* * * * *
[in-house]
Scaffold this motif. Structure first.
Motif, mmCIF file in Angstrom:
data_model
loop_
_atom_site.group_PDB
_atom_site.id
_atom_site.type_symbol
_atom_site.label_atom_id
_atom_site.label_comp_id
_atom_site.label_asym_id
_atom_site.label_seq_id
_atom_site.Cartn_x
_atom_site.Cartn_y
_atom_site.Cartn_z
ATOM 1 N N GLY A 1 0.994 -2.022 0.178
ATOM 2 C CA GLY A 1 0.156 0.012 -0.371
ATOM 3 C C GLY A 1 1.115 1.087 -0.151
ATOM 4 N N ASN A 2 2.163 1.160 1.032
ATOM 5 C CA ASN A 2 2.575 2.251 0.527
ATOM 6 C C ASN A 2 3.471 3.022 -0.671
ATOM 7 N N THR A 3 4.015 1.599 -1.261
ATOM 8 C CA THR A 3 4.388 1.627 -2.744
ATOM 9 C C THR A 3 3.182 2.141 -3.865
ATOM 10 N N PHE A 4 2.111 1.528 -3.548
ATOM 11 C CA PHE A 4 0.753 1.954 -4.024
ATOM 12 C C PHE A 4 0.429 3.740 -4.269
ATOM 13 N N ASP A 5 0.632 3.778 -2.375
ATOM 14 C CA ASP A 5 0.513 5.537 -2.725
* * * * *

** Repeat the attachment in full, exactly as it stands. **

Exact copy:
[in-house]
Scaffold this motif. Structure first.
Motif, mmCIF file in Angstrom:
data_model
loop_
_atom_site.group_PDB
_atom_site.id
_atom_site.type_symbol
_atom_site.label_atom_id
_atom_site.label_comp_id
_atom_site.label_asym_id
_atom_site.label_seq_id
_atom_site.Cartn_x
_atom_site.Cartn_y
_atom_site.Cartn_z
ATOM 1 N N GLY A 1 0.994 -2.022 0.178
ATOM 2 C CA GLY A 1 0.156 0.012 -0.371
ATOM 3 C C GLY A 1 1.115 1.087 -0.151
ATOM 4 N N ASN A 2 2.163 1.160 1.032
ATOM 5 C CA ASN A 2 2.575 2.251 0.527
ATOM 6 C C ASN A 2 3.471 3.022 -0.671
ATOM 7 N N THR A 3 4.015 1.599 -1.261
ATOM 8 C CA THR A 3 4.388 1.627 -2.744
ATOM 9 C C THR A 3 3.182 2.141 -3.865
ATOM 10 N N PHE A 4 2.111 1.528 -3.548
ATOM 11 C CA PHE A 4 0.753 1.954 -4.024
ATOM 12 C C PHE A 4 0.429 3.740 -4.269
ATOM 13 N N ASP A 5 0.632 3.778 -2.375
ATOM 14 C CA ASP A 5 0.513 5.537 -2.725